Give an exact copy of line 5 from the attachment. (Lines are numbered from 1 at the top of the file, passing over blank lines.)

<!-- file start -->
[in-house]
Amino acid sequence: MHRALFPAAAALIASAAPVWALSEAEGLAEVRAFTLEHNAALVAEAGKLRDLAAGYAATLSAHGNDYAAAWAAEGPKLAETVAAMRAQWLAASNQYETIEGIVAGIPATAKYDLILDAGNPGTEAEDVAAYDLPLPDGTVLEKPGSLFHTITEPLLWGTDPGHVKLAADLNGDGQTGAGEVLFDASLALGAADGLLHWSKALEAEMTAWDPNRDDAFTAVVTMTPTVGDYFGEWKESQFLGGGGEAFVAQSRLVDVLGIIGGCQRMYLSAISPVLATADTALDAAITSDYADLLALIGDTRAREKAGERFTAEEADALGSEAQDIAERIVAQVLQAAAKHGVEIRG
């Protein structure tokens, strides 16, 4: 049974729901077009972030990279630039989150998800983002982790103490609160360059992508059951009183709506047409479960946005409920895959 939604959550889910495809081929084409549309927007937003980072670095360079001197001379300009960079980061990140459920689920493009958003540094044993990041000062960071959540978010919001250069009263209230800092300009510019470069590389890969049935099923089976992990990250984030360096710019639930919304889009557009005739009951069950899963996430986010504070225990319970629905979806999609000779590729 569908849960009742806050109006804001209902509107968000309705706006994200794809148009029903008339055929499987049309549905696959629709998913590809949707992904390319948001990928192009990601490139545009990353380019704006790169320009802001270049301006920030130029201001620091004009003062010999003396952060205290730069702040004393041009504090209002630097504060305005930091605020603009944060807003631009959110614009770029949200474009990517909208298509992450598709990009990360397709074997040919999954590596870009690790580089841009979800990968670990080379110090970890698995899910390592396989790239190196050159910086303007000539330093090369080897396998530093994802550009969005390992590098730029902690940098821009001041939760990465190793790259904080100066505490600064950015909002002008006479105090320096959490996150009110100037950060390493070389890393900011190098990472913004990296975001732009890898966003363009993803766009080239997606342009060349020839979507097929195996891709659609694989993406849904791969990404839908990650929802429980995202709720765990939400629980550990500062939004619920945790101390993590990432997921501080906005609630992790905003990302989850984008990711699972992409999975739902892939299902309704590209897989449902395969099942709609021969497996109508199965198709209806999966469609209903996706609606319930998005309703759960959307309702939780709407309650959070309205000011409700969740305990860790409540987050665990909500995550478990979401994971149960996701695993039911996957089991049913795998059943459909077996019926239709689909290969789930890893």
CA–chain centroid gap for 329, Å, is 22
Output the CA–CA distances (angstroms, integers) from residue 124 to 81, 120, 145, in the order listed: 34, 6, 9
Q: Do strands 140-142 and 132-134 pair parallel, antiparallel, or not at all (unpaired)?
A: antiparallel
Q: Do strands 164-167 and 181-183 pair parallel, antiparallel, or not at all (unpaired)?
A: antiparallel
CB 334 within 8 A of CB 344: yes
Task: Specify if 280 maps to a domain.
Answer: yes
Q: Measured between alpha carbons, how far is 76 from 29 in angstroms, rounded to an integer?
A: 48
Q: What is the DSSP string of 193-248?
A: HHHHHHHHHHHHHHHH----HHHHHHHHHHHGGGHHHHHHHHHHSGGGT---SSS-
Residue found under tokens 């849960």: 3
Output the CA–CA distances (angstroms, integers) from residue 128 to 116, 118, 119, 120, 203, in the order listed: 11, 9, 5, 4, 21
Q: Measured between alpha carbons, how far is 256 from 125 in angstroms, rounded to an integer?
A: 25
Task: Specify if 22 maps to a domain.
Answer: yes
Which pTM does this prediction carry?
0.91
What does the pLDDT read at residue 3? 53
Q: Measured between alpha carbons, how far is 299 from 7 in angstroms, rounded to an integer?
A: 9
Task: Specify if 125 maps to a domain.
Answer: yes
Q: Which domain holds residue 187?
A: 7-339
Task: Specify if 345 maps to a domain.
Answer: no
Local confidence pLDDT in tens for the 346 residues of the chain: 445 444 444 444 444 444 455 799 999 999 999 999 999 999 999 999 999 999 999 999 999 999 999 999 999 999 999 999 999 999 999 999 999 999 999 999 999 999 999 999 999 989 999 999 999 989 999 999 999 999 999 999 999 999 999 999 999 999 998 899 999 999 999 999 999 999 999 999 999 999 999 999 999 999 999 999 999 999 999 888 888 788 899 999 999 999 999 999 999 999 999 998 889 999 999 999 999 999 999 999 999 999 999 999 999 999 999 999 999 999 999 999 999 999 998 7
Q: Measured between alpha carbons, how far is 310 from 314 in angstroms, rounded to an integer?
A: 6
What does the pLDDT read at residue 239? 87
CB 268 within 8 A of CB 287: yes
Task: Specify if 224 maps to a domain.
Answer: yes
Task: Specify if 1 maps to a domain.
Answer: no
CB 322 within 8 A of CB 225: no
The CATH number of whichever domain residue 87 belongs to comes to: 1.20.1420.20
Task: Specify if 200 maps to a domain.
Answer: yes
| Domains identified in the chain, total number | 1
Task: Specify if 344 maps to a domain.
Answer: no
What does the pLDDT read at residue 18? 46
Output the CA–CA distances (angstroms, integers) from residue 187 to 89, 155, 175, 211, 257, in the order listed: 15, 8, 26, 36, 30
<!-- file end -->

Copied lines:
Output the CA–CA distances (angstroms, integers) from residue 124 to 81, 120, 145, in the order listed: 34, 6, 9